Recommended June 6 2013

The covers for Spider-Man 2099’s return in Superior Spider-Man sure look good.


The acclaimed anthology series Batman: Black and White is coming back. Newsarama has a list of the top ten Batman villains. #10 doesn’t merit inclusion.

Ace of Spades raises an interesting question about a story I noted yesterday: Is it problematic when a little girl is able to get a lung transplant because her family is media-savvy?

There was an interesting exchange between Eric Holder and Mark Kirk, Obama’s successor in the Senate.

Sen. Mark Kirk (R-IL) began by referencing the developing scandal surrounding the revelation that the National Security Agency has been requesting the phone records of all of Verizon’s customers.

“You know, when government bureaucrats are sloppy they’re usually really sloppy,” Krik said. “Want to just ask, could you assure to us that no phones inside the Capitol were monitored of members of Congress that would give a future executive branch, if they started pulling this kind of thing up, would give them unique leverage over the legislature?”

“With all due respect, senator, I don’t think this is an appropriate setting for me to discuss that issue,” Holder replied. “I’d be more than glad to come back in an appropriate setting to discuss the issues that you have raised, but in this open forum..”

Kirk interrupted Holder. “The correct answer would be, ‘No, we stayed within our lane and I’m assuring you we did not spy on members of Congress,” he said.

The Post considers how Matt Drudge was remarkably prescient regarding the current media environment.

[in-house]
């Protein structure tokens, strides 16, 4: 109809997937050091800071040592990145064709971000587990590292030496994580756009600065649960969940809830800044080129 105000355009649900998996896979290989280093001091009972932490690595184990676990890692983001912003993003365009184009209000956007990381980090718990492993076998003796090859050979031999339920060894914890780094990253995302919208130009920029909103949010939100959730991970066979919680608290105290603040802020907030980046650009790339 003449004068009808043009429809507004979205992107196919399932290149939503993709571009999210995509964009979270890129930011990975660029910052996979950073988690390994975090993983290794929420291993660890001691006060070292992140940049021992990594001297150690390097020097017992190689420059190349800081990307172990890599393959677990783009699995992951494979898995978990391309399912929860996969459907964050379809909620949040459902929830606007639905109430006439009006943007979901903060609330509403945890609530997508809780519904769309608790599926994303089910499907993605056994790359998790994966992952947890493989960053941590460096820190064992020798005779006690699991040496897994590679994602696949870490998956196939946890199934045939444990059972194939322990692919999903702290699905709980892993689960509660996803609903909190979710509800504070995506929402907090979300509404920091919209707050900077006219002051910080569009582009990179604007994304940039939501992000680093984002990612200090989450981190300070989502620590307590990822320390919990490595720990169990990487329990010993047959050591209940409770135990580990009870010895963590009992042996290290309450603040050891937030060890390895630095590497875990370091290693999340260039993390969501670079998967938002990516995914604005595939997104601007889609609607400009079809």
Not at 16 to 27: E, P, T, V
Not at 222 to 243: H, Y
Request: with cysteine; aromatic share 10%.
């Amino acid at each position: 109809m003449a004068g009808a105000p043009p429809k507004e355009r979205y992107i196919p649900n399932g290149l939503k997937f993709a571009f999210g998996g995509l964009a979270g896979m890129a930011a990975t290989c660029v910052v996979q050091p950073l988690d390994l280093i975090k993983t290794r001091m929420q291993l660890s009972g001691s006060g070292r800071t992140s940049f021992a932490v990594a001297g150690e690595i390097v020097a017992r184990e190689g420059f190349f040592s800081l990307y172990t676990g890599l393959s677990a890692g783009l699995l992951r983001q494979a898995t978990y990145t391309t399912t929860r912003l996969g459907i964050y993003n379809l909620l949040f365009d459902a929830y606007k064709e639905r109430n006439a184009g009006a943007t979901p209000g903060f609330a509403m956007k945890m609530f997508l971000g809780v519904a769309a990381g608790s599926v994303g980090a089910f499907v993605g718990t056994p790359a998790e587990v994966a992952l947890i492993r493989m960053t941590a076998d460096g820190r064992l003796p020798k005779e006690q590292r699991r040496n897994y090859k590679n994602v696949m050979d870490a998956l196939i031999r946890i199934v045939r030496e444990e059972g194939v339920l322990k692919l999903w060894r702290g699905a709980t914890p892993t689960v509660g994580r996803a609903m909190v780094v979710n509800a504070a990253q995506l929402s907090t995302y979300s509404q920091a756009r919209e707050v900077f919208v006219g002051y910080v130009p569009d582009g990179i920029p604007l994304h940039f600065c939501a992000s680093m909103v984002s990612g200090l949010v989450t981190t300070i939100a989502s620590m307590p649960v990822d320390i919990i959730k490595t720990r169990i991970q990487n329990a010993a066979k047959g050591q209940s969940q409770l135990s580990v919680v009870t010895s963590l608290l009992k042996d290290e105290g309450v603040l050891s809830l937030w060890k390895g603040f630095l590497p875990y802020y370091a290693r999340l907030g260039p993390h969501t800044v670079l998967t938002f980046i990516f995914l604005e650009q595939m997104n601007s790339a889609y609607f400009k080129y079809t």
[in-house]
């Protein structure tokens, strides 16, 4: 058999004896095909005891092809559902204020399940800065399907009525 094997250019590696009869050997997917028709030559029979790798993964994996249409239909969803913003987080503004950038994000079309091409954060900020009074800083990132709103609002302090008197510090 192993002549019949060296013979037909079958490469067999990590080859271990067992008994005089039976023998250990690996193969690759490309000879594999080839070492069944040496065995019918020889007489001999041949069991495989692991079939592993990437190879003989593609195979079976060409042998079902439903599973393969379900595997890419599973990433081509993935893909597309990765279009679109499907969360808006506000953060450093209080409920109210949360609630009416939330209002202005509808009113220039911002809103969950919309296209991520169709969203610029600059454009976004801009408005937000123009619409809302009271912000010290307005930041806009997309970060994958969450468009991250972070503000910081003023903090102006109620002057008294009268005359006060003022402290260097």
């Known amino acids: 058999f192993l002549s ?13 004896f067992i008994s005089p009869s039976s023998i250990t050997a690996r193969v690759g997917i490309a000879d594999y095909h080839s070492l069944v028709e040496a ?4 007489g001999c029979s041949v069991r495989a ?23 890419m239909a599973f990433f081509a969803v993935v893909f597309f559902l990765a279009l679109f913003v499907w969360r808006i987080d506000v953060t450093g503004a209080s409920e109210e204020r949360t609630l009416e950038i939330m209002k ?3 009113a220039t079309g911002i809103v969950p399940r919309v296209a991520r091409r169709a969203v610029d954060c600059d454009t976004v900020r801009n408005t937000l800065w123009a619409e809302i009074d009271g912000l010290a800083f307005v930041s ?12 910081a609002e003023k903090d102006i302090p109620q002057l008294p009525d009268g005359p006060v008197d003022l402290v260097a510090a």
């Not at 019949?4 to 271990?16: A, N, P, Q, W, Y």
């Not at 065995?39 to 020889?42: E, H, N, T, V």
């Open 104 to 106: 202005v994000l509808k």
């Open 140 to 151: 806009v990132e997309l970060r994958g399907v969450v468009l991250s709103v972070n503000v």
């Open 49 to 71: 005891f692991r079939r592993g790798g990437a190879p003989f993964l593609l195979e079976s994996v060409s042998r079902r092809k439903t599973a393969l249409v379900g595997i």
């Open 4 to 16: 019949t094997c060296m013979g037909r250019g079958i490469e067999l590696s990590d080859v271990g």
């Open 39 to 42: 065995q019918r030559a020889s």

Slate’s Farhad Manjoo looks at the statistics of what the people who click on the magazine’s stories do. And that story had a link to another Slate piece by John Dickerson comparing the House Oversight Committee’s investigation of the tax mess to their investigation of Bill Clinton in the 90s. Dickerson concludes that the House has yet to overreach.

In a nonpresidential election year where base motivation is even more important, the IRS investigations offer perhaps the greatest opportunity for Republicans to score free points in the history of politics. Grassroots Tea Party activists are invited to Washington to tell their stories of harassment and discrimination, and even Democrats have to tell them how wronged they were. Republicans can baste their supporters in love and vindication. Tea Party members have had their specific fears about government targeting ratified, and this week they’re getting more validation for their broader view about government bloat. An IRS inspector general’s report out this week catalogued roughly $50 million spent on agency conferences, with loose attention to cost in some cases. High-profile items in the report included $17,000 to hire an artist to paint portraits of Michael Jordan and Bono and $50,000 to produce videos that included a Star Trek parody.

The long-term danger for Chairman Issa may not be overreach but ineffectiveness. When you overhype evidence, people will notice if you don’t have the goods, and ultimately you lose credibility. But we are a long way from that. Right now, the public wants Republicans to make their case.

To commemorate Russian President Vladimir Putin’s divorce, NY Mag has photos of him and his wife looking miserable together. There have been reports that Putin has a second family with a much younger gymnastics champion. A friend of mine joked that Putin really is trying to do his best to be a James Bond villain, hooking up with the time of woman you’d expect to see kicking Bond’s ass.

About Thomas Mets

I’m a comic book fan, wannabe writer, politics buff and New Yorker. I don’t actually follow baseball. In the Estonian language, “Mets” simply means forest, or lousy sports team. You can email me at
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